Jenny Chan 陳詠欣
Oct 27, 2014

Luxury brands of Chinese origin to rule the roost: Added Value

SHANGHAI - Selling luxury in China will require getting 'beyond bling' and connecting with the cultural zeitgeist of Chinese consumers, according to an Added Value report that looks at how luxury brands of Chinese origin are getting cultural innovation right.

Qeelin's 'Mogaoku in Paris' exhibition
Qeelin's 'Mogaoku in Paris' exhibition

Sales of luxury goods are hitting hard times as brands such as Mulberry, Giorgio Armani, Gucci, Prada and Louis Vuitton reported sales decreases impacted largely by falling Chinese demand and tougher competition.

However China is still producing more private-sector millionaires than the rest of the world, so the country is still a focus for luxury retailers. It's just that the tastes of Chinese consumers are rapidly evolving, according to the report.

In its recent luxury study among 600 luxury targets (see infographic below), the firm found that 84 per cent of those surveyed believe that in the future, Chinese luxury brands will be "just as good" as Western luxury brands. Added Value sees "significant growth potential" for luxury brands with Chinese origin.

Openness to Chinese brands is also reflected in attitudes to purchasing, with 22 per cent buying both international and Chinese brands, plus another 51 per cent buying Western first and considering Chinese. This percentage may slowly tip the other way, argues the report.

The parameters of luxury in the eyes of the Chinese consumer are authenticity, customer service and craftsmanship, but Western brands have as their defining elements being "expensive, reflecting the latest trends and [being] exclusive".

Chinese luxury brands differ, with "long history, strong heritage and authenticity" standing out. This further reinforces Added Value's belief that Chinese brands will be increasingly successful in the future.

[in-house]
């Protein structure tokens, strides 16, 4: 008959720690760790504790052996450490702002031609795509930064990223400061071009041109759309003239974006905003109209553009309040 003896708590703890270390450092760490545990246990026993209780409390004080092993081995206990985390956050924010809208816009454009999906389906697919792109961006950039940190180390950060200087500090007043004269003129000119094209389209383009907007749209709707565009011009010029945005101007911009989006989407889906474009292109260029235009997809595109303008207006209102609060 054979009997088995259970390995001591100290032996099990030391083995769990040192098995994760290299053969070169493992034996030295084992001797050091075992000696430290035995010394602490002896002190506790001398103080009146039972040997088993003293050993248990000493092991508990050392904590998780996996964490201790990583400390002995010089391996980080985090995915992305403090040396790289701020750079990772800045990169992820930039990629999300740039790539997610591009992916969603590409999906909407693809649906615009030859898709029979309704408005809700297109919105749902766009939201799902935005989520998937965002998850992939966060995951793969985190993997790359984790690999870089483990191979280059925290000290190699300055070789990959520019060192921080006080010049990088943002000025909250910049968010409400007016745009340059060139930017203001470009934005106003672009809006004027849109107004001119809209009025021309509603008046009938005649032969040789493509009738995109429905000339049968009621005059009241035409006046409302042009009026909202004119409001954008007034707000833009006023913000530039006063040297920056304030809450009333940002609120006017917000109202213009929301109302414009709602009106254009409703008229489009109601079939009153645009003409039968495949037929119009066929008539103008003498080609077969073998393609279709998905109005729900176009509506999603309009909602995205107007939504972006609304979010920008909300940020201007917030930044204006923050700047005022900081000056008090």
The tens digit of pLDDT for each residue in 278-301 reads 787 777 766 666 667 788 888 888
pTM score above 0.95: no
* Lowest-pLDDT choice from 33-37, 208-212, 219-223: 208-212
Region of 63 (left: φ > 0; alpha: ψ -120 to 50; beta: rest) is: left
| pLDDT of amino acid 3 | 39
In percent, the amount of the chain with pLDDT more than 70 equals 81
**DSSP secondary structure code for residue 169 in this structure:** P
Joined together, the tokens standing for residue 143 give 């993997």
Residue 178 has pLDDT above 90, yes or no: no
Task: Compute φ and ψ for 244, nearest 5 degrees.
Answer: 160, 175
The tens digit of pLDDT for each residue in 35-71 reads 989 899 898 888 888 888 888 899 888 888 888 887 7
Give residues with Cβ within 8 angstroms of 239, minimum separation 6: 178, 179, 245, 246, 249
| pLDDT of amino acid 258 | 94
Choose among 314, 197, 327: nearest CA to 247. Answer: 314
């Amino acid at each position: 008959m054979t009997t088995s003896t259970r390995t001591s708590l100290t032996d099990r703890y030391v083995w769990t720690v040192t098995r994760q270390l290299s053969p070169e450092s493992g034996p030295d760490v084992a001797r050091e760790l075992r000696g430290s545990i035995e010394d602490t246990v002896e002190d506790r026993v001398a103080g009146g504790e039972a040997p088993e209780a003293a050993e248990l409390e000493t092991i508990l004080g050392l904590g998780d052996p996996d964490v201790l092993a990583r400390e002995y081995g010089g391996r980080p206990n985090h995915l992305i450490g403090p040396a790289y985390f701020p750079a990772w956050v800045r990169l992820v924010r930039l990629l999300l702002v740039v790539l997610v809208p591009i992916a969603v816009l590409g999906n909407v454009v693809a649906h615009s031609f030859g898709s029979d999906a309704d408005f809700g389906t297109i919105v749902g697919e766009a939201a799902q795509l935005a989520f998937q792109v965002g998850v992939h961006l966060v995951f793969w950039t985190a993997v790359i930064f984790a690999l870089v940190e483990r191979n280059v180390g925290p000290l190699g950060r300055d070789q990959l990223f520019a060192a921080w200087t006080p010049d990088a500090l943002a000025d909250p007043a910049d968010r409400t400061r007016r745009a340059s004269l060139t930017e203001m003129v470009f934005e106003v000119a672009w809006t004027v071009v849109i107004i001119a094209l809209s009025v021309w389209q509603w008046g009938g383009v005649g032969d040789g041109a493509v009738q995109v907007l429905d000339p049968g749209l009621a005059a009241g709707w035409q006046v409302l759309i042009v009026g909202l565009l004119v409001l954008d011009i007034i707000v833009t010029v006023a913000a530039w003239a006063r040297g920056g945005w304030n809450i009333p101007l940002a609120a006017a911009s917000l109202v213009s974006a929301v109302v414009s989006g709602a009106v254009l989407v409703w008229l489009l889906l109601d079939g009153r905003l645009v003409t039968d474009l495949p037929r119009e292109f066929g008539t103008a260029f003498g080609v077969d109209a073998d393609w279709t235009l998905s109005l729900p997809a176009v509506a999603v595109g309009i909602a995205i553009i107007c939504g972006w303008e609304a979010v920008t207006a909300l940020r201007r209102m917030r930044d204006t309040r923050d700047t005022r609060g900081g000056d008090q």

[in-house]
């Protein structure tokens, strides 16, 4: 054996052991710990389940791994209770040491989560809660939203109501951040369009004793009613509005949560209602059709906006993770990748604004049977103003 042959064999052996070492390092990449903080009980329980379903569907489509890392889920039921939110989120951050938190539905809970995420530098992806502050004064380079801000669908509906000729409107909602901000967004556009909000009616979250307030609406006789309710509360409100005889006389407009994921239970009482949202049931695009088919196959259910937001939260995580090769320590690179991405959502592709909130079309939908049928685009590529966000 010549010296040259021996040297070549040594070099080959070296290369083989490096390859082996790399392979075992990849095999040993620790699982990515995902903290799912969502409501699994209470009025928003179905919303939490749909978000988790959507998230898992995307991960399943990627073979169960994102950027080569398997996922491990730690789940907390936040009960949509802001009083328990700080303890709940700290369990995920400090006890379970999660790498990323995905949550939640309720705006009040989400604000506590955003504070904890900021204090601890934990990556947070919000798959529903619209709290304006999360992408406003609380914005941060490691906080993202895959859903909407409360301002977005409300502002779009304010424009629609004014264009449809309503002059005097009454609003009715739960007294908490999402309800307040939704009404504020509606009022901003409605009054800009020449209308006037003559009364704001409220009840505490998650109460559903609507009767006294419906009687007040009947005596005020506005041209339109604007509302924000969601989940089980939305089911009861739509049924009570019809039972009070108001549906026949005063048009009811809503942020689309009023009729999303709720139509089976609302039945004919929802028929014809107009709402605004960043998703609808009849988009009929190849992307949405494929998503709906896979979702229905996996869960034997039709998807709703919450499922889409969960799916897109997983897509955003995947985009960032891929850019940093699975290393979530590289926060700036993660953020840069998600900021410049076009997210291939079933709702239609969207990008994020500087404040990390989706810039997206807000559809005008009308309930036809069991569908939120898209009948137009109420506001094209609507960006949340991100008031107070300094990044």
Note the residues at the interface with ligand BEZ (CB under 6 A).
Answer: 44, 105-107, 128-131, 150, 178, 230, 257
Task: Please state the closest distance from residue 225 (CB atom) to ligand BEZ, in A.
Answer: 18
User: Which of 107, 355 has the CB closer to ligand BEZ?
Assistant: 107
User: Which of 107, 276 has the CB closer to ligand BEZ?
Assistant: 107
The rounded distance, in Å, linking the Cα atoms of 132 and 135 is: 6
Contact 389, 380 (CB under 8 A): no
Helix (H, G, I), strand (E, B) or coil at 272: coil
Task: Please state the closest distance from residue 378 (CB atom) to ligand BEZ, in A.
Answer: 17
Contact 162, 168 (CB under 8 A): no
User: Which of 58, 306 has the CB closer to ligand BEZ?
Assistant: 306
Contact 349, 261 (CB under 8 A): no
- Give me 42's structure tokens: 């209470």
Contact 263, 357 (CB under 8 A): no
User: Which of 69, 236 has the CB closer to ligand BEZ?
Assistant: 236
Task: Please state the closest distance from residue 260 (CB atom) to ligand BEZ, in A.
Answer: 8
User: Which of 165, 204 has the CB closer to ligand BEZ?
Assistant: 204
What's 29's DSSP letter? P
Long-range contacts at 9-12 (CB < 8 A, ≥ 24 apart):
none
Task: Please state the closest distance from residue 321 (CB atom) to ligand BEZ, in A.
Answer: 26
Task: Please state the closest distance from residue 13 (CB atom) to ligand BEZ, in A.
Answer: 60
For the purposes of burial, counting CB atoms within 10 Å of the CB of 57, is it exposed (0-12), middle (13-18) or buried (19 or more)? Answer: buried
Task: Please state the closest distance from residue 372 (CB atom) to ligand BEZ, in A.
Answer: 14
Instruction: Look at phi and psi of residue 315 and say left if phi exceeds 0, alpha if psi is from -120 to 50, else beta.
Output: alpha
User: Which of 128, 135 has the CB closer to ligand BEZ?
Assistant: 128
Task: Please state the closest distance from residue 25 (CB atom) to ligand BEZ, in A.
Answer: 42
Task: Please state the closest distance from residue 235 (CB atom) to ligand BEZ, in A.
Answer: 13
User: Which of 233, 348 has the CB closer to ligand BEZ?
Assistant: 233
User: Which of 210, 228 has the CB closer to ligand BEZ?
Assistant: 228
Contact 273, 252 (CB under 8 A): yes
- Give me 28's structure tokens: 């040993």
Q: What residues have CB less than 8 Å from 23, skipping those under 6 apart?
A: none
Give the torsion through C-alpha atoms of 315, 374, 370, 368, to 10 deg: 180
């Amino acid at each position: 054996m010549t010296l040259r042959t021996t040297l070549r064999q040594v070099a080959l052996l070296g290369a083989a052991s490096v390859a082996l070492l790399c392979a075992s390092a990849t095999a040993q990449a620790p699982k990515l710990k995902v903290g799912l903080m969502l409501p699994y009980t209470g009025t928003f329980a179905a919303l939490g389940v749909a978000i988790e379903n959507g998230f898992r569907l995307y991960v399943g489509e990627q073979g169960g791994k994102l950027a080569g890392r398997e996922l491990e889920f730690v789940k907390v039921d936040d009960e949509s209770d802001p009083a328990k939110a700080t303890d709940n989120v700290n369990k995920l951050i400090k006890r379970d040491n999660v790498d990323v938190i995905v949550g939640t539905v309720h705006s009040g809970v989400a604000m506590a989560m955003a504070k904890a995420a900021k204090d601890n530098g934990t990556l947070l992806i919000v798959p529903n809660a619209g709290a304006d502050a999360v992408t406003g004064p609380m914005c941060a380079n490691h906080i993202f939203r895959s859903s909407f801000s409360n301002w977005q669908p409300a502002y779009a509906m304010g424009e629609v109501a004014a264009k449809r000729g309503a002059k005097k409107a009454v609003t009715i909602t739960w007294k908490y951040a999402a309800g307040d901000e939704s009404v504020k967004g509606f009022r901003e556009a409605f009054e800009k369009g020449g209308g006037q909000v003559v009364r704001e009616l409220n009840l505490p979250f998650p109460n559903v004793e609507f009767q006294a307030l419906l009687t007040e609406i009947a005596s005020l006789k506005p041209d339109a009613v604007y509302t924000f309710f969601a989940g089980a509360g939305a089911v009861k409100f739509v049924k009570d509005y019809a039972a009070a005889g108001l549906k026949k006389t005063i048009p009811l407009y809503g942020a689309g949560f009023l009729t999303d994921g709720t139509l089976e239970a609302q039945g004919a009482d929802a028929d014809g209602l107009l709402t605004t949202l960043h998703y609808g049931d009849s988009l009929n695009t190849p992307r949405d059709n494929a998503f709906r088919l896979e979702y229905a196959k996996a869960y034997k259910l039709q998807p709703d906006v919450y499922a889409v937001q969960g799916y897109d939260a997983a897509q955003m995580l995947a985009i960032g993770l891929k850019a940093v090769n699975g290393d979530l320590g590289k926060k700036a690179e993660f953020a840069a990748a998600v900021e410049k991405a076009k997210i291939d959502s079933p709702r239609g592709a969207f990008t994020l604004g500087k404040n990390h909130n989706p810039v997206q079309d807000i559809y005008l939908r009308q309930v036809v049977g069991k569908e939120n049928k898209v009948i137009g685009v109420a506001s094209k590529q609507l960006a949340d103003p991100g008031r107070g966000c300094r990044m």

Here are some of the examples that Added Value cites, and their cultural secrets:

1. Fusing tradition with modernity: Qeelin, by using a qilin (a mythical animal) as its vehicle of communication adopted into digital formats, acknowledges the respect of tradition combined with awareness of contemporary conditions such as female empowerment.

2. Experientialism: Mixmind’s retail spaces provide a multisensory experience where smell, sight and touch are aroused, creating an almost spiritual experience that transcends a normal walk-in shop.

3. Nature branded: The products of Shang Xia use raw natural materials to communicate superior aesthetic and unsurpassable beauty.

4. Idealized representations: The ‘models’ for Shanghai Vive are perfectly and eternally beautiful; they never grow old, promising the ones who use it similar long lasting, dreamy and flawless beauty.

5. Understated minimalism: Moving away from luxury clothing with large logos and shiny surfaces, Mixmind creates products with simple design and almost no branding, communicating luxury for those who know and don’t need to show off.

6. The art of luxury: The K11 mall's shopping environment among artworks creates a sense that the purchases borrow some attributes from the artworks themselves and hence higher emotional and aesthetic value.

Source:
Campaign Asia

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